The Tanzanian politician, Tundu Lissu, who has been recuperating at Nairobi Hospital after a gun attack in Dodoma in September speaks to Aggrey Omboki about his health and politics.
How are you doing?
I have had several operations to restore the use of my arms and legs, and to remove the bullet fragments from my lower torso, so after a long period of ill health, I am now firmly on the road to recovery. Doctors are impressed with my progress, which they term miraculous since it has been quite rapid despite the extent of my injuries.
Can you briefly describe the events behind the incident that led to your hospitalisation?
I had been participating in parliamentary proceedings during which we discussed the issue of agreement between the Malawian and Tanzanian governments regarding the River Songwe.
At around 1pm I headed home which is in a compound housing the Energy Minister Dr Medard Kalemani, the Deputy Speaker of the National Assembly Dr Tulia Ackson, and other senior state officials. On arriving in the parking lot which is always guarded by police officers, I was attacked by two men in a vehicle with tinted windows. They shot at my car. I did not get a clear view of the assailants.
Three weeks prior to the attack, you had complained of being followed in a car by unidentified men, and even mentioned the registration number of the said vehicle. What is your view about the state’s failure to arrest the suspects since then?
As a party [Chadema] and family, we are worried the government is yet to arrest the suspects despite my public complaints about being followed in a car.
The fact that I was shot in a compound where government officials live and up to now CCTV footage is yet to be released from cameras installed outside the Energy Minister’s house, which is one floor below mine, points to a deliberate attempt to cover up the events of that day. From Dr Kalemani’s house, the cameras have a clear view of the parking lot, and the lack of that footage is a worrying development.
Are you saying that the Tanzanian government is not interested in tracing the culprits behind the attack?
It has been more than 70 days since I was attacked and no suspects have been arrested. In addition, there have been a number of deliberate attempts by the police and other state security agencies to prevent my well-wishers and supporters from visiting me and donating blood towards my treatment. All these actions point towards an attempt to cover up the truth.
President John Magufuli could however order the police to involve independent international investigators in the matter if he wishes to have the matter resolved once and for all, and I sincerely hope he does so.
I appreciate the visit by Vice President Suluhu Hassan and view it as a sign of goodwill by the state and a willingness to ensure that justice is done.
Have your often controversial views on the state of governance in Tanzania changed since the attack?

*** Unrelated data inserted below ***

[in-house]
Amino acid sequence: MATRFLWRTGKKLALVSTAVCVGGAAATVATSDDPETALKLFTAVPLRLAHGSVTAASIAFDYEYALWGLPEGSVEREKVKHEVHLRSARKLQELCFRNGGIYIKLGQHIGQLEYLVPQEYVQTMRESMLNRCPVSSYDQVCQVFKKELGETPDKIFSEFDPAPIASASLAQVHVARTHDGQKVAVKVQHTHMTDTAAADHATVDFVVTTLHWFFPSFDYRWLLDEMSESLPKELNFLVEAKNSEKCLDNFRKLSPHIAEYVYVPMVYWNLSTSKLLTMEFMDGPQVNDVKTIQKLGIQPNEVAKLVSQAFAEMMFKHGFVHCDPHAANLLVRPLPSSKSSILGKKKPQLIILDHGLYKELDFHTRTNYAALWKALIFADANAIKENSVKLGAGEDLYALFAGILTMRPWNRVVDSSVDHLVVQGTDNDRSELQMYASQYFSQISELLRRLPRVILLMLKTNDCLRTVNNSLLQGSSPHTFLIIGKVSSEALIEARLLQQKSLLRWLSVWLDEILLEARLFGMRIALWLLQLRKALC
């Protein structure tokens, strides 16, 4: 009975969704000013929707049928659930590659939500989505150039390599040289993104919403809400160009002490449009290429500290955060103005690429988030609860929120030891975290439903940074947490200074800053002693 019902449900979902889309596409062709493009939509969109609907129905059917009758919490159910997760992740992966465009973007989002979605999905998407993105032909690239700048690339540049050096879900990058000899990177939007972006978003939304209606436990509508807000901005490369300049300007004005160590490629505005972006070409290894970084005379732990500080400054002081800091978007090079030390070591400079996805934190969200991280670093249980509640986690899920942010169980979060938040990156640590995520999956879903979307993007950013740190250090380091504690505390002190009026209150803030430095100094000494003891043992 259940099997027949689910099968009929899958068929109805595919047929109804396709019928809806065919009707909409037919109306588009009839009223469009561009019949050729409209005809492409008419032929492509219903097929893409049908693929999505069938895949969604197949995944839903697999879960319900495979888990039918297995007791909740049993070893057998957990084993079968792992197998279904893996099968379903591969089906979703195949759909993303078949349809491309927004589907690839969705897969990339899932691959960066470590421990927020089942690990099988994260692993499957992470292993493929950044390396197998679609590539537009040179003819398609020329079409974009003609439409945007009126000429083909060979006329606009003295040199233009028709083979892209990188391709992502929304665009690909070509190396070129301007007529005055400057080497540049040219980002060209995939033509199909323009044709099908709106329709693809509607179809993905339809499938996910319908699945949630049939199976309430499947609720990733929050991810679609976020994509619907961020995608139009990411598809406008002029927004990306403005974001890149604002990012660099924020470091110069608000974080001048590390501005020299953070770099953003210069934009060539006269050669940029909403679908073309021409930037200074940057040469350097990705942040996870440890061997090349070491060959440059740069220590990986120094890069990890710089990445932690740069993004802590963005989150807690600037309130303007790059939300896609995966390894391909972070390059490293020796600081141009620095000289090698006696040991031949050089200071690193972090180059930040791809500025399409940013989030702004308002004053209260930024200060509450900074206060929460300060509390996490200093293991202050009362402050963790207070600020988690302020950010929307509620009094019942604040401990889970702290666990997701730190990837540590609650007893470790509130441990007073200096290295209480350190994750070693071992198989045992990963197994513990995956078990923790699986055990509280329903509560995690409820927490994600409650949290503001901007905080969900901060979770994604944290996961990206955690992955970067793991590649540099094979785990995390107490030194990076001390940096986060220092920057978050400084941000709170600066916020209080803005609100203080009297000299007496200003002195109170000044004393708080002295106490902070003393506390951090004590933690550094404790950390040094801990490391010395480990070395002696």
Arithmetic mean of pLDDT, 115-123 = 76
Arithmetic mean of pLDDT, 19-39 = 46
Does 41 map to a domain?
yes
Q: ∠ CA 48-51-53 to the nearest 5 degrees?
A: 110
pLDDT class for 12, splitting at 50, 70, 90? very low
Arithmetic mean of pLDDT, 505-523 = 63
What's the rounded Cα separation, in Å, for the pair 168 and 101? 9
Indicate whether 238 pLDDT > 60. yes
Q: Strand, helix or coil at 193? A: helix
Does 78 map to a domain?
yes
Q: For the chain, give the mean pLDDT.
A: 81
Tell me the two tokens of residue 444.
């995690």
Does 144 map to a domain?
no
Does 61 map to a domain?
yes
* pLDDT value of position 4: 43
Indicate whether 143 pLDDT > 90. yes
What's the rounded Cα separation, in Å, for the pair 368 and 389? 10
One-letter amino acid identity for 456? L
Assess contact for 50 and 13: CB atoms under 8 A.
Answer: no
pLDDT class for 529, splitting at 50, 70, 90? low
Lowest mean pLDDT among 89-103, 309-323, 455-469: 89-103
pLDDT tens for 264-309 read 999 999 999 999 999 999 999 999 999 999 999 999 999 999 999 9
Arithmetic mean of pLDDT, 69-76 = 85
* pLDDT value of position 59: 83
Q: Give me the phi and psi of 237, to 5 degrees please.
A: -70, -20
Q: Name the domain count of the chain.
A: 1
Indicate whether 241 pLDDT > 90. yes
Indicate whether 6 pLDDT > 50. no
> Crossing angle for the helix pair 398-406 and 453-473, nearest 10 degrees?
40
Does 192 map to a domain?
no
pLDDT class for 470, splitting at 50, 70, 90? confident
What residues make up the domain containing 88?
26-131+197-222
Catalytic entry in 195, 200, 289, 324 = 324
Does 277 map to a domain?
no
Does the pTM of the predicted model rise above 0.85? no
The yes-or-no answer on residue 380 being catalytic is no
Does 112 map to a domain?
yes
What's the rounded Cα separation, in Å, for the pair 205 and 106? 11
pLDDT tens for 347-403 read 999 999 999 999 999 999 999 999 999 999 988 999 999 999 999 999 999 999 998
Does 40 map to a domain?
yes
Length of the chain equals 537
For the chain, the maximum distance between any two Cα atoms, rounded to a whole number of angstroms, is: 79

My resolve remains unshaken and the Lissu who was active in politics before the September 7 attack is still very much around. There is a need to fight for democracy, the rights of the people, to ensure we have a government that caters for their development needs and protects their rights, and I will not retreat from the struggle.
What is your take on the failure by parliament to cater for your medical treatment and the reluctance of your colleagues to visit you in hospital?
As a parliamentarian, the law stipulates that my treatment be paid for, but this is yet to be done. My colleagues including the Speaker and clerk of the National Assembly and the Parliamentary Service Committee are yet to visit me.
Only two colleagues came, but in their individual capacity, as they did not have any message from the committee. I am not asking for charity, but the justice that is due to me as a parliamentarian according to the law.
What do you miss most?
As a practising advocate, I miss attending court sessions to argue my cases before the judges and magistrates, where I can clearly bring out the difference between truth and lies. I also miss playing soccer.
Will you run for president in the 2020 elections?
This is an issue I would rather discuss when I am finally out of the hospital. I will not talk about it from a hospital bed in Nairobi since it relates to the Tanzanian people, who deserve to hear about it on their home soil.
Opposition parties have lately been hit by a string of defections to the ruling Chama Cha Mapinduzi. Do you think this will weaken the opposition?
Chadema members who are leaving such as Laurence Masha, Patroba Katambi and David Kafulila, are free to do so, since democracy is all about personal choices.
Masha was originally in CCM and has returned. Kafulila was initially in Chadema, then went to NCCR, then CCM, then joined Chadema, before going back to CCM.
Such flop flops show a lack of principle. I can only wish the defectors well, but my loyalty to the cause remains steadfast.
Dr Walid Kabur, who was our secretary general and Dr Wilbrod Slaa, who served was MP for three terms, are further examples in a long list of defectors whose departure has failed to stop the party from gaining millions of followers since its formation in 1992.
These individuals’ departure has actually created space for more principled members to take their place.